Browse over 9,000 car reviews

Mini Cooper 2015 Review

Ewan Kennedy road tests and reviews the Mini John Cooper Works with specs, fuel consumption and verdict

A few weeks back we enjoyed a great day at Phillip Island thrashing around in a series of brightly coloured gen-three Mini JCWs. Now we have come back to reality, having road tested one for a week on our home turf on the Gold Coast – traffic, speed cameras, rough and ready roads, the full catastrophe.

Given the high-tech nature of the all-new third-generation John Cooper Works (JCW) and engineering ability of BMW, which runs Mini these days, it didn't come as a surprise that the real-world didn't faze the car in the slightest.


Minis are all about style and the JCW takes the already excellent shape of the standard Cooper S a step further. Its signature is a red bar across the centre of the grille.

Larger cooling slots in the lower front are certainly not there for decoration – one of them funnels air through an auxiliary radiator to keep temperatures under control. However, this change means there's no space for foglights.

Interestingly, the reshaped door sills are also not decorative, being part of the revised aerodynamic package. A large rear wing also adds downforce.

Grey coloured spats around the wheel arches look great. Our car came in a stand out orange and black, and drew plenty of admiring looks from Mini enthusiasts.

Sports seats give good side grip but aren't so deep as to make entry and exit a pain. Should you not want to do any hard track work you may care to select seats with shallower bolsters.

Engine / Transmission

All-new JCW Mini uses a 2.0-litre turbocharged petrol engine with 170kW and 320Nm. Peak torque runs all the way across the engine's range from 1250 rpm to 4800 revs, with a plenty of punch still there right through the fives.

Our test car had a six-speed automatic transmission. Six-speed manuals haven't come off the boat yet, but are due any day. Paddle shifters do give you full control over gear changes in the auto.


The JCW has a slightly old fashioned head-up display that uses a small screen sitting on the top of the dash. It does provide a full range of information, though. As well as the car's speed it can display gear indicator, engine revs, shift lights and satnav instructions.

We love the games played by the lights on the circular screen that surrounds the display

Professional Navigation comes across the range and displays through an 8.8-inch screen that also shows the on-board computer info. A Touch Controller completes the package.

We love the games played by the lights on the circular screen that surrounds the display. Green lights when you're driving in economy mode, red when you've pushed the Sport mode.


Electronic stability control and a clever electronic differential lock play their part in reducing lap times at the track, as well as providing assistance if you make a mistake in road driving.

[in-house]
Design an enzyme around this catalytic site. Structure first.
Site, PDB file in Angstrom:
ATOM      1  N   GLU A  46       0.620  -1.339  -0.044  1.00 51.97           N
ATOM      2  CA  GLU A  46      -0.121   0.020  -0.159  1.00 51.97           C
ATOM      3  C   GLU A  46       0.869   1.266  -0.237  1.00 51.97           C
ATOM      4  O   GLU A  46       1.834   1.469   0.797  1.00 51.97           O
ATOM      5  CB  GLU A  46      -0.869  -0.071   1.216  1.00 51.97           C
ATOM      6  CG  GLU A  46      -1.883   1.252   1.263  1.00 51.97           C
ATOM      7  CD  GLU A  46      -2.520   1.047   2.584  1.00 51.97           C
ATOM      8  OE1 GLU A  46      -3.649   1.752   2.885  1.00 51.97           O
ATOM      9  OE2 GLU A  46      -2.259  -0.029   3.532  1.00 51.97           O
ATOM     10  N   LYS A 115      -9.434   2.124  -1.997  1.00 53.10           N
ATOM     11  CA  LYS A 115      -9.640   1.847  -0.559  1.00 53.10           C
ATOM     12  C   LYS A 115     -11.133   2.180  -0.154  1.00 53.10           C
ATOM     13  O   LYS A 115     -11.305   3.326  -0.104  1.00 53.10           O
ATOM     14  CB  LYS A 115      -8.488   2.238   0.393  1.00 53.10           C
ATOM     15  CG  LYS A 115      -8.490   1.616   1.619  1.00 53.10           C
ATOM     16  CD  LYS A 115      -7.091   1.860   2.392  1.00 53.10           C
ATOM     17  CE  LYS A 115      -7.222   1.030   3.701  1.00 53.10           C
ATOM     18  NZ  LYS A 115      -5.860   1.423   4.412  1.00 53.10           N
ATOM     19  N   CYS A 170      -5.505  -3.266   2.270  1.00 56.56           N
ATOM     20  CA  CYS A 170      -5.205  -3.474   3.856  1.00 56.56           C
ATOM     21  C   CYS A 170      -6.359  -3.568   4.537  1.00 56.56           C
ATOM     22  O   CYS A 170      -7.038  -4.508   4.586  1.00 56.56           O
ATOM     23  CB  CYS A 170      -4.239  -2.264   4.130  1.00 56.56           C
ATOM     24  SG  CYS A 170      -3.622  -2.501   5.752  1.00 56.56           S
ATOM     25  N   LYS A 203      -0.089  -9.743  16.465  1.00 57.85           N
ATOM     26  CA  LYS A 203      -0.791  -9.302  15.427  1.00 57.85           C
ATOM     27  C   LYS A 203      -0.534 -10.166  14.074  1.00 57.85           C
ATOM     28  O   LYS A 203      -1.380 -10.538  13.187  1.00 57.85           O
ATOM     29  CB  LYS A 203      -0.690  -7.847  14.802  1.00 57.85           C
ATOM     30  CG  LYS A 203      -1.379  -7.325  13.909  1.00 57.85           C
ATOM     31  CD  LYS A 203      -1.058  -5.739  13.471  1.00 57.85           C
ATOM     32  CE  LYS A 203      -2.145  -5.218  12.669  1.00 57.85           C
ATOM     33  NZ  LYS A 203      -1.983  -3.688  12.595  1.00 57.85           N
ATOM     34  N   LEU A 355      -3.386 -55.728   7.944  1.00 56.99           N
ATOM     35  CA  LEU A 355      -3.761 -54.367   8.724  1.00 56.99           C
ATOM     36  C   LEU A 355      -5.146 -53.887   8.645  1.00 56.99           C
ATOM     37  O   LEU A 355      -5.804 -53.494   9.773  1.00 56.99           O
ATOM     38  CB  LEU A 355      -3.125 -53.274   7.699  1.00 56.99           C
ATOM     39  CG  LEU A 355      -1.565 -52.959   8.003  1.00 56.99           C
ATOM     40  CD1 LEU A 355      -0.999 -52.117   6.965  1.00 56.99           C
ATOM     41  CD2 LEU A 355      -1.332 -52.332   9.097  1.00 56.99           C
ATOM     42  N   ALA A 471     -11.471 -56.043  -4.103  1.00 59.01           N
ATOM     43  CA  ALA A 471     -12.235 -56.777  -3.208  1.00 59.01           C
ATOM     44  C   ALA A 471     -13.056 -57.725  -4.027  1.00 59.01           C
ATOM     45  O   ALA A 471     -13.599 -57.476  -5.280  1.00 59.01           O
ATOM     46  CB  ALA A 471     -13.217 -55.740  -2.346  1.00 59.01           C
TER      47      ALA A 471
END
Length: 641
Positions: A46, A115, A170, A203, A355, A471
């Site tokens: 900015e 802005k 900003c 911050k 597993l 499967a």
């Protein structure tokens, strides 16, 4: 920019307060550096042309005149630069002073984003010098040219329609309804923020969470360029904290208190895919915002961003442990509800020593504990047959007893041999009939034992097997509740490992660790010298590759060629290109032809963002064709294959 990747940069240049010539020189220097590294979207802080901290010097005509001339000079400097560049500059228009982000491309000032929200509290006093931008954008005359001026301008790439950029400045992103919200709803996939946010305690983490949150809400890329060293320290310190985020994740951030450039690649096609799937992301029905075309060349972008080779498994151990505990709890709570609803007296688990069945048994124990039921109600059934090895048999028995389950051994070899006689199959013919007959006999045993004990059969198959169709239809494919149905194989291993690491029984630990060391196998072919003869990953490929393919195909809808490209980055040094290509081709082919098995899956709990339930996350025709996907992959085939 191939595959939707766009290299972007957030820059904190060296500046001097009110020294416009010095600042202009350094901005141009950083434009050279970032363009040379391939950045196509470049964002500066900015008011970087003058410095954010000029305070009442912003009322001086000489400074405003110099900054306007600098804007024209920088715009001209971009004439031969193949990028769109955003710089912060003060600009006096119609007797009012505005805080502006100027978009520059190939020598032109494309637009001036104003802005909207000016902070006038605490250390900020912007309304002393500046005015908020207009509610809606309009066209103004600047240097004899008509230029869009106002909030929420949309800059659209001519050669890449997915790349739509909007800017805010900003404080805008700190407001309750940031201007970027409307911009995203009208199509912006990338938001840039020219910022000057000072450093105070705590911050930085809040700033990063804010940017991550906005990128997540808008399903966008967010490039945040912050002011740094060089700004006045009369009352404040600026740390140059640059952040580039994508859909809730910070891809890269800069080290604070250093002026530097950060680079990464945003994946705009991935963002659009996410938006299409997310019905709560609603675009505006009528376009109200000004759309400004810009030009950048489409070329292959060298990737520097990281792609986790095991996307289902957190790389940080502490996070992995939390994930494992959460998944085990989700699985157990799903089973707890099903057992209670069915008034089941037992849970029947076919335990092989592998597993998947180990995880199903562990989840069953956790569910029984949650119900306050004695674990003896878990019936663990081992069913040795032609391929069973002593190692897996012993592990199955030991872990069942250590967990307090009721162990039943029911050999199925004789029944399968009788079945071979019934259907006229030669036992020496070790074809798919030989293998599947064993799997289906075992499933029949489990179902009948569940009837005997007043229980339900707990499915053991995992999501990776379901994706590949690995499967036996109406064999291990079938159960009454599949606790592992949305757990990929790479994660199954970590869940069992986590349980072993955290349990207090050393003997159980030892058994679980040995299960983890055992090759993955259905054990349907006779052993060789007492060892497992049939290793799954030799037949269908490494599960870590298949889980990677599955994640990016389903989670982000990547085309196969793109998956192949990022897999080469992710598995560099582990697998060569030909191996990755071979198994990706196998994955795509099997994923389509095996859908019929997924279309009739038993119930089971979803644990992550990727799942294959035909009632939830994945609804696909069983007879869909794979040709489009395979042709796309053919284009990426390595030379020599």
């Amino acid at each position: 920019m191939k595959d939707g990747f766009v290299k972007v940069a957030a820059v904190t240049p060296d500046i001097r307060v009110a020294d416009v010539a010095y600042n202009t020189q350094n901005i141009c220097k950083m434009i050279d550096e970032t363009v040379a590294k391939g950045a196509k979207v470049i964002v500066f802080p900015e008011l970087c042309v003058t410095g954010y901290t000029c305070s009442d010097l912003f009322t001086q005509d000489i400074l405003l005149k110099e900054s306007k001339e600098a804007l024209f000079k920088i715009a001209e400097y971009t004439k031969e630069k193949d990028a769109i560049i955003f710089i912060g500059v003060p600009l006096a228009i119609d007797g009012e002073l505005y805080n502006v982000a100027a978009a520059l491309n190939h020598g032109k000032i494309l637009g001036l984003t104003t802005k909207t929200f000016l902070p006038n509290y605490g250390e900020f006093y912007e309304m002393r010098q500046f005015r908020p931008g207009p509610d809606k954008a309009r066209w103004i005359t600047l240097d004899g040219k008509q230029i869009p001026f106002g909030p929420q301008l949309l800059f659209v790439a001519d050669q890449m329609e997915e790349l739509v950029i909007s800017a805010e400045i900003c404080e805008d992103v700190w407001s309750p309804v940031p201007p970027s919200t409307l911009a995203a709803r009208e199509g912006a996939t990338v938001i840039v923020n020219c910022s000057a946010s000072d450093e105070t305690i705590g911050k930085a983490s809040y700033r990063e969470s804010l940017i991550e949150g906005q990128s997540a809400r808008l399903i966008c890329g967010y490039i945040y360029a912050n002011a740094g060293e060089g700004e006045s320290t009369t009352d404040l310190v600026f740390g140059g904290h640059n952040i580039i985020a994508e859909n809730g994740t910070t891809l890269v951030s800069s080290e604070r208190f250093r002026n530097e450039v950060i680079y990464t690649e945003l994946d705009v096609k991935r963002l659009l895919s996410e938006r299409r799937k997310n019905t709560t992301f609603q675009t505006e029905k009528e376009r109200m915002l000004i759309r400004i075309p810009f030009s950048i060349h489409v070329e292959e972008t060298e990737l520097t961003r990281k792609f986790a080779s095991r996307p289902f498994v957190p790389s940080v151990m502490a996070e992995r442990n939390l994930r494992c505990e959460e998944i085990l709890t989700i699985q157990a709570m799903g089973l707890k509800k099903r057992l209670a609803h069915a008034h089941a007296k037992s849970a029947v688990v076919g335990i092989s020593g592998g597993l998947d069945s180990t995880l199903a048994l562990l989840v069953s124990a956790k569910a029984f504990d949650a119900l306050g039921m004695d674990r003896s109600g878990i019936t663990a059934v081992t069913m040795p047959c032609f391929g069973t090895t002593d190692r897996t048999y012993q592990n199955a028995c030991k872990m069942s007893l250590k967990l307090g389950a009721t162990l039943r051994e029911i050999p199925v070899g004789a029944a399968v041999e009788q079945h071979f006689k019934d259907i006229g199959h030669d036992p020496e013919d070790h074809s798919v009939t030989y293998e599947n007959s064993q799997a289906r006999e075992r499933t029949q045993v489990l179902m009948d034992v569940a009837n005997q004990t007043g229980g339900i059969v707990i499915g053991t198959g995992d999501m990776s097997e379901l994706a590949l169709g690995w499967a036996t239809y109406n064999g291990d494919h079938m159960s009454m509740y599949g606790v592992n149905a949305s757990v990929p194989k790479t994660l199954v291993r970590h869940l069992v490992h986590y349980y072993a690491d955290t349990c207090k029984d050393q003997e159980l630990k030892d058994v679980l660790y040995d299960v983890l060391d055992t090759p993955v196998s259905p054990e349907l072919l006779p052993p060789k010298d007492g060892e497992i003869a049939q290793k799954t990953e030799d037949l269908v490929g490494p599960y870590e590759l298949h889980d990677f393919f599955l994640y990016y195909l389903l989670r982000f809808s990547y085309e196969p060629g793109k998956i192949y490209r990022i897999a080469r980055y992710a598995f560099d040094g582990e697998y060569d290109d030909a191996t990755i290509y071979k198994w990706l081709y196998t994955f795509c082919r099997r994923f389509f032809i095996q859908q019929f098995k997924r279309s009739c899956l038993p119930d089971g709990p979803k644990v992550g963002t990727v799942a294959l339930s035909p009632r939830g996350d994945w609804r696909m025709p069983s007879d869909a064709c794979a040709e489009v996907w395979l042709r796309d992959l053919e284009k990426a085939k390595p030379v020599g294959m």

This Mini is certainly dynamic

Front and side airbags, ABS, stability and traction controls, pre-tensioned and load-limited seatbelts; but no ANCAP testing at this stage.

As we've said before not having a crash is far more important than surviving one, and this Mini is certainly dynamic, has huge brakes and arguably attracts better than average drivers.


The fact that the 2.0 four-cylinder turbo-petrol engine is on song from such low revs explains why it's so docile in day-to-day running. When given its head it soon brought back memories of the track day at Phillip Island, where we had 230km/h on the dial before dabbing the brakes for the scary high speed kink at the end of the long downhill straight.

Huge Brembo brakes haul off speed very promptly and even PI's ultra-fast straights and hard stops never had us anywhere near brake fade. Naturally, on-road driving is unlikely to ever tax the Mini's brakes.

While we love driving manual gearboxes in high-performance cars we have to admit the six-speed automatic JCWs are quicker than manuals, so are the logical way to go.

Run-flat tyres have improved over the years, but are still not as smooth as conventional tyres and the sporting 18-inch wheels created quite a bit of road noise on coarse-chip surfaces.


At $47,400 plus on-road charges Mini JCW isn't the cheapest in its class by any stretch of the imagination, but it does provide a huge amount of fun and the colours work brilliantly with its cheeky/sporty styling and we love it for that.

Pricing guides

Based on 72 cars listed for sale in the last 6 months
Lowest Price
Highest Price

Range and Specs

(base) 1.5L, PULP, 6 SP AUTO $11,800 – 17,270 2015 Mini Cooper 2015 (base) Pricing and Specs
5D Hatch 1.5L, PULP, 6 SP AUTO $12,400 – 17,930 2015 Mini Cooper 2015 5D Hatch Pricing and Specs
D 1.5L, Diesel, 6 SP AUTO $14,400 – 20,240 2015 Mini Cooper 2015 D Pricing and Specs
D 5D Hatch 1.5L, Diesel, 6 SP MAN $13,500 – 19,580 2015 Mini Cooper 2015 D 5D Hatch Pricing and Specs
Disclaimer: The pricing information shown in the editorial content (Review Prices) is to be used as a guide only and is based on information provided to Carsguide Autotrader Media Solutions Pty Ltd (Carsguide) both by third party sources and the car manufacturer at the time of publication. The Review Prices were correct at the time of publication.  Carsguide does not warrant or represent that the information is accurate, reliable, complete, current or suitable for any particular purpose. You should not use or rely upon this information without conducting an independent assessment and valuation of the vehicle.